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Confusion over PKCS contents when converting to PEM format

Posted on 2010-09-09
Medium Priority
Last Modified: 2013-11-19
I have been provided a PKCS12 (P12) file for use on a Windows platform when accessing a SOAP server.
However, I need to convert the P12 file into PEM format so that I can access the same SOAP server from PHP on a Linux box.
I did this a while ago but can't get it to work again so doing back to basics.

Using openssl on the Linux box, I am able to convert the P12 to PEM
 openssl -in mycert.p12 -out mycert.pem

The resultant PEM file contains three sections, a private key, the CA certificate (vendor specific) and the Site certificate (coded up using BASE 64 I think)

However using the resultant PEM file in the PHP code, I am disallowed access to the SOAP soap data calls.  

When running openssl on the P12, I am asked for the passcode, presumably for the private key.  I provide that, no problem.
However, I am then prompted for a passcode for the resultant PEM file, which I make the same as the original P12 passcode.
The PEM file is then created.

I presume the private key (that was generated for me by the vendor) is paired with a public key on the SOAP server.
Therefore, if I am generating a new private key in the PEM file (due to the provision of a PEM passcode), surely the private key in the PEM file is not going to be the same as the original one provided by the vendor.
This is where I think the problem is in the PHP call.

My question is, is there a way to split the P12 file into the three parts, ca, cert and key, but retaining the private key in the original P12 file.
I am sure I did a year ago using some tools with putty, but can't seem to do that now for some reason.

Could someone confirm my understanding is correct regarding the private key 'regeneration' and ideally point me in the right direction for generating the PEM file without data loss/change.

Question by:brothertom
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LVL 31

Accepted Solution

Paranormastic earned 1600 total points
ID: 33642161
Sounds like you are trying to use a client authentication certificate?  i.e. passing the certificate for authentication instead of a password?  If that's the case then the private key should be on your box and have nothing to do with the private key of the SOAP server.  The SOAP server will have its own web server SSL styled certificate and its own private key that you don't need to worry about - you would just get the public version of the cert and validate that.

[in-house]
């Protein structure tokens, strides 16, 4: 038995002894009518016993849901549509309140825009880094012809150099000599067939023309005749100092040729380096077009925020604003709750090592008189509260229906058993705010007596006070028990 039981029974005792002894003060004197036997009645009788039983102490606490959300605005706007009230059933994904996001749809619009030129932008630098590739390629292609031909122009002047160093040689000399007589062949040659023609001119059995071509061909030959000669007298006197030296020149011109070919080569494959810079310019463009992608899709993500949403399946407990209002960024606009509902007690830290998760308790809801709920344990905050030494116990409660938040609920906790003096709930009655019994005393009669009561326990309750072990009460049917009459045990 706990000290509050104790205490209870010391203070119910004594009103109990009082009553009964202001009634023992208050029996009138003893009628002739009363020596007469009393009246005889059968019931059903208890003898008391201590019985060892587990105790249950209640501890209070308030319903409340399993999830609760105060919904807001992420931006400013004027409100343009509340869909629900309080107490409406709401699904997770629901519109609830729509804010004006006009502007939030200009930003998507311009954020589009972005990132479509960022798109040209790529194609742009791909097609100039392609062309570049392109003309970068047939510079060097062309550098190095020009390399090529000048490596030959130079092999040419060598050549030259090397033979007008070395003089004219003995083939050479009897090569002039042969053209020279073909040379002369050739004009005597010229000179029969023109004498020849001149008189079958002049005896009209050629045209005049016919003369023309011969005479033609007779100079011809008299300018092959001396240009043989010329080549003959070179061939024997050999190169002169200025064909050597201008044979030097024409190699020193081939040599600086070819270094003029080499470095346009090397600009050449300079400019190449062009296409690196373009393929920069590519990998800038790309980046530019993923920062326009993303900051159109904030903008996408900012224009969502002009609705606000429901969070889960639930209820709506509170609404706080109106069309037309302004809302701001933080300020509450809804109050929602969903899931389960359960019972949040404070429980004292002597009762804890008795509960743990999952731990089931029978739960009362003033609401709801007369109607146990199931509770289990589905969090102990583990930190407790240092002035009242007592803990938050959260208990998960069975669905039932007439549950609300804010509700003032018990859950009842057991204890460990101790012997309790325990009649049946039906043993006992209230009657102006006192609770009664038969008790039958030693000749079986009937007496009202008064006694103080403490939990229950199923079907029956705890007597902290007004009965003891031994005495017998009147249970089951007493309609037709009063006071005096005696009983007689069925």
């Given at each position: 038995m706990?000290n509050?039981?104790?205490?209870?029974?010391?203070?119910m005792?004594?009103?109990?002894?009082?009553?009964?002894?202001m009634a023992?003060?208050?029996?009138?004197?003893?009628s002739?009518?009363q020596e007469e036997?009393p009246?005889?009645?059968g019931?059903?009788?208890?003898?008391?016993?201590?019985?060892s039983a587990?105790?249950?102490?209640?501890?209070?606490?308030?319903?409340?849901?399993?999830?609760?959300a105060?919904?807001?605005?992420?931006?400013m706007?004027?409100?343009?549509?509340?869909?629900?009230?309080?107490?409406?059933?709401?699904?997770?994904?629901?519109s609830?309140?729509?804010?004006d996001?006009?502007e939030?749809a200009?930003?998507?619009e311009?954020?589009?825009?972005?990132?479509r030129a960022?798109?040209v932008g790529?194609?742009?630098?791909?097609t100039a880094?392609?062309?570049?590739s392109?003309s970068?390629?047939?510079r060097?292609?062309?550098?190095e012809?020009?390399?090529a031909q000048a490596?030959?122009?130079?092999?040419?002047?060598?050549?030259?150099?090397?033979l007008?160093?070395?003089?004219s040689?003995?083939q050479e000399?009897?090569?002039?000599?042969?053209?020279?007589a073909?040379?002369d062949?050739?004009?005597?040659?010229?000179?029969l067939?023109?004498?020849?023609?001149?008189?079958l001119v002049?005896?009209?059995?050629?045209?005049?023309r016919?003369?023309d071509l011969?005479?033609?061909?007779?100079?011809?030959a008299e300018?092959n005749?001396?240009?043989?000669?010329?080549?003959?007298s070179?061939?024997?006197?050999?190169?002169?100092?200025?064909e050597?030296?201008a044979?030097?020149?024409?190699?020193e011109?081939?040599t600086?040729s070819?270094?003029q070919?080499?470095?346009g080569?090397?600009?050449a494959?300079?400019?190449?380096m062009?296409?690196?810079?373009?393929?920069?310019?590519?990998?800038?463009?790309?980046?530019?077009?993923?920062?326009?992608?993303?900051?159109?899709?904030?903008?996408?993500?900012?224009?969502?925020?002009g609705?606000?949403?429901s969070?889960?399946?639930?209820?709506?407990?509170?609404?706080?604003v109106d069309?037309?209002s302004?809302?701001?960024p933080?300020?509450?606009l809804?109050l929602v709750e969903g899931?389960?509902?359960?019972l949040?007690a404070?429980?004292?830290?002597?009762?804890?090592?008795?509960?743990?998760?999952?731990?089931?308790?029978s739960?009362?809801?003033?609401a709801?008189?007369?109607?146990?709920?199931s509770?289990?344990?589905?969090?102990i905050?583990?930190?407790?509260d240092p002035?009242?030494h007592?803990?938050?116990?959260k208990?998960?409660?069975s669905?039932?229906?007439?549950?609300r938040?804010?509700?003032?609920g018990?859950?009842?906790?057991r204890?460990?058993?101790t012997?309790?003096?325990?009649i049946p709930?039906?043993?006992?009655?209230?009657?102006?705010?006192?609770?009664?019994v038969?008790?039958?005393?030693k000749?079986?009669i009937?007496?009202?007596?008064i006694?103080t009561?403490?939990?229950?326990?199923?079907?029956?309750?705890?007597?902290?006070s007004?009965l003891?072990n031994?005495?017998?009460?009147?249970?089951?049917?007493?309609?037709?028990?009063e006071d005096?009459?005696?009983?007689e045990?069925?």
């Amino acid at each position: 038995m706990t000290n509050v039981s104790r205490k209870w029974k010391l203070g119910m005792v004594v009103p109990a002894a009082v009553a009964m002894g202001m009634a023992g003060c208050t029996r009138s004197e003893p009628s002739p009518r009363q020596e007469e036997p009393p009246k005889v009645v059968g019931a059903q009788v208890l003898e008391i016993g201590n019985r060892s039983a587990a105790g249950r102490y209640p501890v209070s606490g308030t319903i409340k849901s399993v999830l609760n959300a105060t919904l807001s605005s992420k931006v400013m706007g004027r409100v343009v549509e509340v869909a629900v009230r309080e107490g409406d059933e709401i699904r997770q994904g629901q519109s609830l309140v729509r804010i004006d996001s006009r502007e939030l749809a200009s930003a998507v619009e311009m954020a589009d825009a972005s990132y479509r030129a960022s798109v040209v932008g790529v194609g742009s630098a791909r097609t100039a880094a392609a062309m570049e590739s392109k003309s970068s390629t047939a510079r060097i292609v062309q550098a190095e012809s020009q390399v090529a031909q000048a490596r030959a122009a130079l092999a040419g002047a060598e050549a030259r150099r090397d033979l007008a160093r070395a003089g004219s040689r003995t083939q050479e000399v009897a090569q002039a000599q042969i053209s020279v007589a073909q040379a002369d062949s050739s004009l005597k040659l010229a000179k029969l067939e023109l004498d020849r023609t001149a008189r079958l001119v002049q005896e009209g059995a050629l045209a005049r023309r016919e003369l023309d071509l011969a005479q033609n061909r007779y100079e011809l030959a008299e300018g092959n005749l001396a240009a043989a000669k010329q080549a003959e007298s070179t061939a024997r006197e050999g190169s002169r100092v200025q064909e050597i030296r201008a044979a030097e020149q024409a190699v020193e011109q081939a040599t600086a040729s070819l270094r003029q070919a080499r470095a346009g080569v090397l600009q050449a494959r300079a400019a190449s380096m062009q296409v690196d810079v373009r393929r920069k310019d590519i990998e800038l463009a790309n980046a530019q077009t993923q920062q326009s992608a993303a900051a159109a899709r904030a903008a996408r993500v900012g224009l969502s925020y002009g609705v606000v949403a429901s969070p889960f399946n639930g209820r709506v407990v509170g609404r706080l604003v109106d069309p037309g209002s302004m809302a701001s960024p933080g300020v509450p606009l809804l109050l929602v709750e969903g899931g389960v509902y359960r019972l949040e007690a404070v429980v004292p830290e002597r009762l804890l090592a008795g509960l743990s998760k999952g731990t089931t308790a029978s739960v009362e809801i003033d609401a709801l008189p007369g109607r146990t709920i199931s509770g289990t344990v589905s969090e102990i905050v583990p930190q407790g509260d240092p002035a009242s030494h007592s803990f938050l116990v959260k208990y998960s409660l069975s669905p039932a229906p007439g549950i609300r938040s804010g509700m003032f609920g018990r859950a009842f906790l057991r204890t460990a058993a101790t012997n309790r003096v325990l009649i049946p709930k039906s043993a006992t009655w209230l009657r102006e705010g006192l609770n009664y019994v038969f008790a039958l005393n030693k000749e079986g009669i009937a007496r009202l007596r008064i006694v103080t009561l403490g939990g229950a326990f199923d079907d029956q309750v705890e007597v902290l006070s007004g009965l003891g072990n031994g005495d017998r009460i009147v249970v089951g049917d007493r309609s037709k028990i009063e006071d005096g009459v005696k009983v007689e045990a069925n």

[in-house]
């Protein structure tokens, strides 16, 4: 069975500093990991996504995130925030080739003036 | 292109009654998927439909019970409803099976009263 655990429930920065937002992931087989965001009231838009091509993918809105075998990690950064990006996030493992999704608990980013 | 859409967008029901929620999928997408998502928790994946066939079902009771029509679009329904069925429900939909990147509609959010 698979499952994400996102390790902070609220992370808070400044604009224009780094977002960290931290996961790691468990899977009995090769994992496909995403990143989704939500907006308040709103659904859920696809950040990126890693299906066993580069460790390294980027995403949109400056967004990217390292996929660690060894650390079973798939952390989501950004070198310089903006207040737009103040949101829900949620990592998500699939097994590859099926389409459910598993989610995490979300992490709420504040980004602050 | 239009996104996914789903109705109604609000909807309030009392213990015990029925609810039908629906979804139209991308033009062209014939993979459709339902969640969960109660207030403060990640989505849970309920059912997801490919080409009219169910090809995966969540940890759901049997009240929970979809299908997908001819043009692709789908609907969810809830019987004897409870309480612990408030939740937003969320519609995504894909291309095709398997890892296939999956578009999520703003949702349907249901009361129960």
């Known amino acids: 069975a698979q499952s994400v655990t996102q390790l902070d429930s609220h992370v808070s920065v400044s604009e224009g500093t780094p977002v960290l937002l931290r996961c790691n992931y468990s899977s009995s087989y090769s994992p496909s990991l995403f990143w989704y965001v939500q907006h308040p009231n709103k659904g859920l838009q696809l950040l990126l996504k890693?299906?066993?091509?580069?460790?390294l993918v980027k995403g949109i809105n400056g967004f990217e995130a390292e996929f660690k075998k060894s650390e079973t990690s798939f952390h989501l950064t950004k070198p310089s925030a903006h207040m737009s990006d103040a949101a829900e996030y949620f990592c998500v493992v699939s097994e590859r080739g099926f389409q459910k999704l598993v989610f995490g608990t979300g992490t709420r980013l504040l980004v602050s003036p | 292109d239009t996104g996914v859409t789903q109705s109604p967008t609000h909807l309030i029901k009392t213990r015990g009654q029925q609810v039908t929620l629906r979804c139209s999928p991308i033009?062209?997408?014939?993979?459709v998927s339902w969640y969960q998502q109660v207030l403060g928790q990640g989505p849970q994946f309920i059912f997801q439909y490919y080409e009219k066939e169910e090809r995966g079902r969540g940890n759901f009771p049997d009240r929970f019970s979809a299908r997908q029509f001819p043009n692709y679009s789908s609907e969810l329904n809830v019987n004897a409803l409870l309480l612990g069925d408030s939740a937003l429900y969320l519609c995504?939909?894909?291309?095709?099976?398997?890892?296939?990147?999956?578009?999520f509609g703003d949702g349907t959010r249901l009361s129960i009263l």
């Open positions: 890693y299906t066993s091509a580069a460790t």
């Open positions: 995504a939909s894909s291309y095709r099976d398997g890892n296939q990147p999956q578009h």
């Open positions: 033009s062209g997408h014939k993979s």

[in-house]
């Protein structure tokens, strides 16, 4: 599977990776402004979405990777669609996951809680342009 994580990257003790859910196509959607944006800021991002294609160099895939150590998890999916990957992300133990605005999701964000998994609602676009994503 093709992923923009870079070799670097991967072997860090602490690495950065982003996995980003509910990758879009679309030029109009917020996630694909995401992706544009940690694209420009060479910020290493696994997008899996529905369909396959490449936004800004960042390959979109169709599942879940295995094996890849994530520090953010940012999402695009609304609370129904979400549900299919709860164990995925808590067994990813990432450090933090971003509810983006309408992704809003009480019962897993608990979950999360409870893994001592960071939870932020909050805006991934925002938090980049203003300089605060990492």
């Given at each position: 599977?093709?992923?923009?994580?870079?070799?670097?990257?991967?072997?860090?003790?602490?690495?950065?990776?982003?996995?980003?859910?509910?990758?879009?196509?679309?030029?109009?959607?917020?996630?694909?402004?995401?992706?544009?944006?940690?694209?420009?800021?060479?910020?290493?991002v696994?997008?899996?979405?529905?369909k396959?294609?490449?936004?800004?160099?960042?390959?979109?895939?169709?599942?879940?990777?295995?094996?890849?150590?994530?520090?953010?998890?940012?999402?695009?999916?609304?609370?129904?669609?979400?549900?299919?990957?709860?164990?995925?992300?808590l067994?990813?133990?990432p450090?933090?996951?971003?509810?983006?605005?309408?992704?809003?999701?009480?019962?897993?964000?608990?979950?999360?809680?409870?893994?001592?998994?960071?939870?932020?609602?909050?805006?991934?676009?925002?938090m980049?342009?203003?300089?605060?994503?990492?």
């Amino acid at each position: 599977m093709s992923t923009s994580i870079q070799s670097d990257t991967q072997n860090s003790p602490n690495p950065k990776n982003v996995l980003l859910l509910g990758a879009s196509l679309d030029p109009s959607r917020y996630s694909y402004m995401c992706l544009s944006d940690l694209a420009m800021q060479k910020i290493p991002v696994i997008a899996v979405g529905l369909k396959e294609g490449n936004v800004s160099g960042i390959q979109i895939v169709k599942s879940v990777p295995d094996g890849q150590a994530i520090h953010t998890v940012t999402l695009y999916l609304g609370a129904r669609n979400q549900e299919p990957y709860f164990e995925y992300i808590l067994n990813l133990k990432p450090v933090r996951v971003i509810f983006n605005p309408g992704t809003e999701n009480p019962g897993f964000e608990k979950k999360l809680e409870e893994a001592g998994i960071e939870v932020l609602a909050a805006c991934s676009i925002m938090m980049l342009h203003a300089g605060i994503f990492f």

Side note - PEM and Base64 are almost synonymous and tend to be used interchangeably.  Basically non-BER/DER.

I'm assuming you had openssl pkcs12 -in file.p12 -out file.pem

The private key is the same in both the .p12 and the .pem files.  Would it be easier to split them into different files maybe?
openssl pkcs12 -in %SiteName%.p12 -nocerts -out %SiteName%_key.pem
openssl pkcs12 -in %SiteName%.p12 -nokeys -out %SiteName%_cert.pem
openssl pkcs12 -in %SiteName%.p12 -cacerts -out CA_Certs.pem

The vendor that you are connecting to issued you the certificate, correct?  Then they should hopefully know that they need to have their internal root chain installed on the web server, but I wouldn't make assumptions even for larger companies that all their admins are familiar with this stuff (hopefully they do).

I'm not sure how your code is written, but SSL handshakes usually have a little bit of a delay built in even with fast connections - make sure your code is waiting for the handshake to complete before continuing, or at least pause for 35 seconds to allow for the handshake to occur.
LVL 33

Assisted Solution

by:Dave Howe
Dave Howe earned 400 total points
ID: 33644849
you should just be able to cut and paste - each section in a pem file is bounded by markers like -------- begin private key --------- and you can just copy each block.

if you want to do it with a gui tool though, use to import the p12, and export each bit into a separate file that way to suit your needs :)

Author Comment

ID: 33657982
Just to wrap up this question.

First, thanks for the response - it pointed me in the right direction.

It turned out that the PHP library uses curl under the hood.  When testing with just curl, it was failing too.
However, curl did work with the separate key, cert and cacert files.

In the combined PEM file, we have the following sections
private key | cacert | site cert

I removed the cacert from the combined PEM file, then curl and php call worked fine.

I think the cacert certificate was being used as the site cert and of course did not authenticate.  Removal of the cacert only left the site cert in the PEM file and this worked fine.


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